Sensitivity of Differences in Survey Conditions on Estimates of Criminal Victimization

Brian Wiersema, University of Maryland at College Park

Periodically, changes to the way the National Crime Victimization Survey (NCVS) is conducted are suggested, mostly to reduce cost and increase flexibility. Some recent suggestions have included eliminating the bounding interview, switching to an all-telephone model of administration, and lengthening the reference period. While one can hypothesize about the general effects of such changes, opportunities to measure them are rare. The availability of area-identified NCVS and the 12-city telephone surveys sponsored by the Justice Department's COPS office provide such an opportunity. The COPS surveys were based on the NCVS questionnaire and were fielded by the Census Bureau, but they differed from the standard NCVS design in terms of sampling design, initial contact, administration mode, reference period and founding procedure. While the effects of each of these differences cannot be separately measured, taken collectively, they offer an important chance to compare the effects of major design differences on recent victimization estimates.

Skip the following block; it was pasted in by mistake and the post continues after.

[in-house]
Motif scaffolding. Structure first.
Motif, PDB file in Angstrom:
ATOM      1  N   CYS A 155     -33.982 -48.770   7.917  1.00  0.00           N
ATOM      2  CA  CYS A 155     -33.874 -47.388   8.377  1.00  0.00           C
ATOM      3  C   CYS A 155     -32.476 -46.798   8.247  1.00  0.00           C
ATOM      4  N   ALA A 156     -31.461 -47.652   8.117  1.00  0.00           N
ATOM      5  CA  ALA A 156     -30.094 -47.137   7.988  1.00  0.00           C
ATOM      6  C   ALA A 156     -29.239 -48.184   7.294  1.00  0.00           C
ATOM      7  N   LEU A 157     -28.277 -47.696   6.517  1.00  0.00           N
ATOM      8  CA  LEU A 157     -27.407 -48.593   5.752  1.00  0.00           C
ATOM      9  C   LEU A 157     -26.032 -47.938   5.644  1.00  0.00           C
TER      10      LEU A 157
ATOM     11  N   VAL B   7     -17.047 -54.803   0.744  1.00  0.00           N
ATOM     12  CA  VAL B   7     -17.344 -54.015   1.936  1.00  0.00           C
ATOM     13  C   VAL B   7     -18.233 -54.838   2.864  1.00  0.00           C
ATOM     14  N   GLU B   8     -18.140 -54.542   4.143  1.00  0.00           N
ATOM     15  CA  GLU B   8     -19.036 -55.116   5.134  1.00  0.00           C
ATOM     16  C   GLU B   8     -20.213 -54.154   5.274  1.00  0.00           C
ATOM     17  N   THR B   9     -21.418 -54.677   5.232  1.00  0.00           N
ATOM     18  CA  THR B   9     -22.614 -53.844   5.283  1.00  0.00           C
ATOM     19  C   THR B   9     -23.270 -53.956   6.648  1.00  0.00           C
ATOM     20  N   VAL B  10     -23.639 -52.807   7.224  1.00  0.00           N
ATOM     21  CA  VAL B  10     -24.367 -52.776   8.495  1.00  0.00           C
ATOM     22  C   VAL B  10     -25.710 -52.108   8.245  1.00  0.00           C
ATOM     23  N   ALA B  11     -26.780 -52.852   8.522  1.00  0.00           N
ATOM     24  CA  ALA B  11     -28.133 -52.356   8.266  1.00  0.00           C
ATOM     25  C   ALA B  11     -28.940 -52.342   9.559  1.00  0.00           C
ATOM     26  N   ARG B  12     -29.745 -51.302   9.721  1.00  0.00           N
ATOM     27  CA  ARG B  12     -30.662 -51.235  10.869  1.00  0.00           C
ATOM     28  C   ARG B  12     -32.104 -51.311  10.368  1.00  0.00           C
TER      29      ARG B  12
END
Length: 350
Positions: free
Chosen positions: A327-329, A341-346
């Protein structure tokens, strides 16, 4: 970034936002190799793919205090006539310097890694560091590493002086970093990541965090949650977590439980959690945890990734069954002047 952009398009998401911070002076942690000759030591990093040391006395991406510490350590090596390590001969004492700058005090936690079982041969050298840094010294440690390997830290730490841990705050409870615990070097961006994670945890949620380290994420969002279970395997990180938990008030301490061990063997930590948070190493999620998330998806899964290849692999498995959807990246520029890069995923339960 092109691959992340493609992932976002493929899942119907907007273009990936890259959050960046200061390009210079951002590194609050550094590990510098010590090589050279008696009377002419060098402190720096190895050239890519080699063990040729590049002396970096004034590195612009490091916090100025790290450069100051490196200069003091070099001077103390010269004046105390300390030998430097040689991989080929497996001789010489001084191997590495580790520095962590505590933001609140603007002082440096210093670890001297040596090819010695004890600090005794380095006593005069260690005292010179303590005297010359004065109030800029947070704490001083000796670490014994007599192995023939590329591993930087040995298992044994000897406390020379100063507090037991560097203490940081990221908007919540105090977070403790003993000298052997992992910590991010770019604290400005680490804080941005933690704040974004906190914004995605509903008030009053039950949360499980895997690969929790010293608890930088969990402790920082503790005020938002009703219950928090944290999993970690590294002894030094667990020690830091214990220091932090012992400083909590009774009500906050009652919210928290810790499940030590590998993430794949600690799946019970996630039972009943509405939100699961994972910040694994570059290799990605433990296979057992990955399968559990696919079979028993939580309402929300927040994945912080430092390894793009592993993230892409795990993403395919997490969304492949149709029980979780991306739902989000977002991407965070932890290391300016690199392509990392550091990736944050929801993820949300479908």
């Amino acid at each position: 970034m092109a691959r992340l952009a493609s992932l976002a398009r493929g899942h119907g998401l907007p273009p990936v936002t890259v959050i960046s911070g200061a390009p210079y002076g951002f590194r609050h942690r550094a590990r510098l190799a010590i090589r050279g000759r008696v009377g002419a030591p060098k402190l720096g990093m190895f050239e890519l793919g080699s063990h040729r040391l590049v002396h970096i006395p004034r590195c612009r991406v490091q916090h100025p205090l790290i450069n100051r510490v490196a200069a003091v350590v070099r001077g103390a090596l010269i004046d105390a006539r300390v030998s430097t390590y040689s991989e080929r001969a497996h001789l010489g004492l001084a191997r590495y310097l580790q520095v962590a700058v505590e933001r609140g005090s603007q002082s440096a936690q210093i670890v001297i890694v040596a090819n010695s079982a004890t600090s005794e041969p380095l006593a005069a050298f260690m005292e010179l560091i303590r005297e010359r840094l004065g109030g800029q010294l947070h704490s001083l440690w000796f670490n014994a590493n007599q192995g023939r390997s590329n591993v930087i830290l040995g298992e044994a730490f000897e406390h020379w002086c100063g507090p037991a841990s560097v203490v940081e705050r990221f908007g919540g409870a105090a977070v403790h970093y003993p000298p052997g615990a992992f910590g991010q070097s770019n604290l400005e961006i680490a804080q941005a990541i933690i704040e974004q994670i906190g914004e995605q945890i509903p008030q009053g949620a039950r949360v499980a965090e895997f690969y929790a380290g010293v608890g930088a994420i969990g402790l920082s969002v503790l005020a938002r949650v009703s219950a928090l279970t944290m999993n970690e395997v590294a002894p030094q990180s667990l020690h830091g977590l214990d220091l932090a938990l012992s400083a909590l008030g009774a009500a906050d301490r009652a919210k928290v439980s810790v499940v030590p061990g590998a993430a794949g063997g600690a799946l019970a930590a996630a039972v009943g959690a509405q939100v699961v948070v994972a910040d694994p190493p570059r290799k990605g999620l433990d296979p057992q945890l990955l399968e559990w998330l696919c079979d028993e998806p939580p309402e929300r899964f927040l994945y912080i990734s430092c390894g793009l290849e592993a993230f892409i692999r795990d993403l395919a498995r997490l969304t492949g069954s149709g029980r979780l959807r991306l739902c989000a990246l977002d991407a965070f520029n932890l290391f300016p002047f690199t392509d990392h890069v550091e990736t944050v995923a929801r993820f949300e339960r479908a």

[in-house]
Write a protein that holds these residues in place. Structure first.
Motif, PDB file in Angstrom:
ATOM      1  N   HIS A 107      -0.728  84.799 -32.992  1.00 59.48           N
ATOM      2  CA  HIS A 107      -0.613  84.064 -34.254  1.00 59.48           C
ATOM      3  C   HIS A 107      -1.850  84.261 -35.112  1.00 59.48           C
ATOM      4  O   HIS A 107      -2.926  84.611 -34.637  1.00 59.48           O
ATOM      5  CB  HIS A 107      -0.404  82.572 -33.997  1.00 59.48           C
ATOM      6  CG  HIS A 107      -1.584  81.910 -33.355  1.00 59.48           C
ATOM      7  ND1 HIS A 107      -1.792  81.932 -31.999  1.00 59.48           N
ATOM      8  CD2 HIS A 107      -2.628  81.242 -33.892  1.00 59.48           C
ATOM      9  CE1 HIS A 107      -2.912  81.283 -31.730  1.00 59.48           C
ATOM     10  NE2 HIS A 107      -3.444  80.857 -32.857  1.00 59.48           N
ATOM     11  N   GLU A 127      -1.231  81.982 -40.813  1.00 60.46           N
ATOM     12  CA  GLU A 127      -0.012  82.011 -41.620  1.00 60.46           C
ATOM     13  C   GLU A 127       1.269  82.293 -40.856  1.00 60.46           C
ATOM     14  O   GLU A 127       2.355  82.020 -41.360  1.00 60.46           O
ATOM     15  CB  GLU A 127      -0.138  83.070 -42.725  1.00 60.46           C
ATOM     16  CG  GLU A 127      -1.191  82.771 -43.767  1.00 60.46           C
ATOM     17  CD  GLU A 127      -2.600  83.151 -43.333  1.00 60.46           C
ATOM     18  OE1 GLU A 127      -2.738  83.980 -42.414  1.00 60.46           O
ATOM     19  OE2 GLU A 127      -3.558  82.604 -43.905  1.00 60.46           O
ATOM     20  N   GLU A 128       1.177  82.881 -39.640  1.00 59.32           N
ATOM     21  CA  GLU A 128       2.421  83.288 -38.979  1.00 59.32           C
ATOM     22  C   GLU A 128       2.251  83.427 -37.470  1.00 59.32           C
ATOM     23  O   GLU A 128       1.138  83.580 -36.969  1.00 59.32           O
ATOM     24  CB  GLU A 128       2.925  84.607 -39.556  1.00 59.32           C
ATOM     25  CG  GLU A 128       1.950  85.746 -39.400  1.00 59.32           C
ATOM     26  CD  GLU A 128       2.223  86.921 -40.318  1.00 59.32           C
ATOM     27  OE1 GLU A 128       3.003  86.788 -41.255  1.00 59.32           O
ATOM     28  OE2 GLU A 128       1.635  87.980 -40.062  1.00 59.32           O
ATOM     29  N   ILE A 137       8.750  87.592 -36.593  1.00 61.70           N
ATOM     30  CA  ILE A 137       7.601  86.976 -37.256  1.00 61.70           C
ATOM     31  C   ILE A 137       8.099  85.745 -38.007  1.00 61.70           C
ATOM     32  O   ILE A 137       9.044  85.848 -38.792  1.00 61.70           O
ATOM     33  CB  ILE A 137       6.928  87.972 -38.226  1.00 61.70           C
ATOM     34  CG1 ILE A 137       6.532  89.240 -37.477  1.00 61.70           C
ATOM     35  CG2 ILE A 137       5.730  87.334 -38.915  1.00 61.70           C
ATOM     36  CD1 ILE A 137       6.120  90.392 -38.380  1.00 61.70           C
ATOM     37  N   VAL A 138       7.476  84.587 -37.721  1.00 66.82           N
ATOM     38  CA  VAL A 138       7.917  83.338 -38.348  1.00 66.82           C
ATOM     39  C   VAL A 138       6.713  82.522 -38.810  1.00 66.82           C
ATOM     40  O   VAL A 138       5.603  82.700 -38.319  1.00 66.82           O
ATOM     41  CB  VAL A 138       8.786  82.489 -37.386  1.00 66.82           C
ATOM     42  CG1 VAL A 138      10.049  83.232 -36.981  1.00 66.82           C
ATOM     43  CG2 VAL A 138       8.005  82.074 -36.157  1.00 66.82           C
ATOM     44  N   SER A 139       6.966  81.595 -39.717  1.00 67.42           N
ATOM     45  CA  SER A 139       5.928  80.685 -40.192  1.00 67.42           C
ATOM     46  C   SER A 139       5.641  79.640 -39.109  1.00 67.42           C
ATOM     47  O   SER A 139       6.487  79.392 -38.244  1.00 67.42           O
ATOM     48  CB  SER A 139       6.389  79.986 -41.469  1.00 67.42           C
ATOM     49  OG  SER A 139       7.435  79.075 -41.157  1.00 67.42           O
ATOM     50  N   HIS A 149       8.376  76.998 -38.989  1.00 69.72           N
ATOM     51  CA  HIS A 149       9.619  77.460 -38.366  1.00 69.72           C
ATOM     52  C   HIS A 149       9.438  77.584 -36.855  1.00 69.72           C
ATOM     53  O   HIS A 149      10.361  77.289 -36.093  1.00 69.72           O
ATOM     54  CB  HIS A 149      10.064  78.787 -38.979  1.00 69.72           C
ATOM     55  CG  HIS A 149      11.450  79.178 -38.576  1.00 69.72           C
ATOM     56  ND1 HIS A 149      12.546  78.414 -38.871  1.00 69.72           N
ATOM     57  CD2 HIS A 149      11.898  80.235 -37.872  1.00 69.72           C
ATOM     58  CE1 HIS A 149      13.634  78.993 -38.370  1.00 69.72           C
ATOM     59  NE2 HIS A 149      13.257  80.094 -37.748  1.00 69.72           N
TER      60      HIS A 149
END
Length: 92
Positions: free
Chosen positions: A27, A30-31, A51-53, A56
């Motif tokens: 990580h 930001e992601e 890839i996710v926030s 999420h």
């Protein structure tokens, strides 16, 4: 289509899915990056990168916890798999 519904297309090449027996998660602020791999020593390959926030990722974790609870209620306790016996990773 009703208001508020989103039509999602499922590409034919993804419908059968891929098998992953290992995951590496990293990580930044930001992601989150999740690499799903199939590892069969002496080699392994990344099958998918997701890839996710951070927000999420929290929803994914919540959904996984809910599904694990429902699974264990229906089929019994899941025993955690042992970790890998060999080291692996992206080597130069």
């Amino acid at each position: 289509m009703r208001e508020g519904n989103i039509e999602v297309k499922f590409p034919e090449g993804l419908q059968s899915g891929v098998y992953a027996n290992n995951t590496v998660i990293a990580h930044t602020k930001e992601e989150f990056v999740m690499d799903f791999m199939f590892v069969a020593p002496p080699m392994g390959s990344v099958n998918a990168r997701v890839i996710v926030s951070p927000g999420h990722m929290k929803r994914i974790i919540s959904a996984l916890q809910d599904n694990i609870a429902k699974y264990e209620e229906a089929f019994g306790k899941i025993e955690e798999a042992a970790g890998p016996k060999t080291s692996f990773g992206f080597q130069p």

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Updated 05/20/2006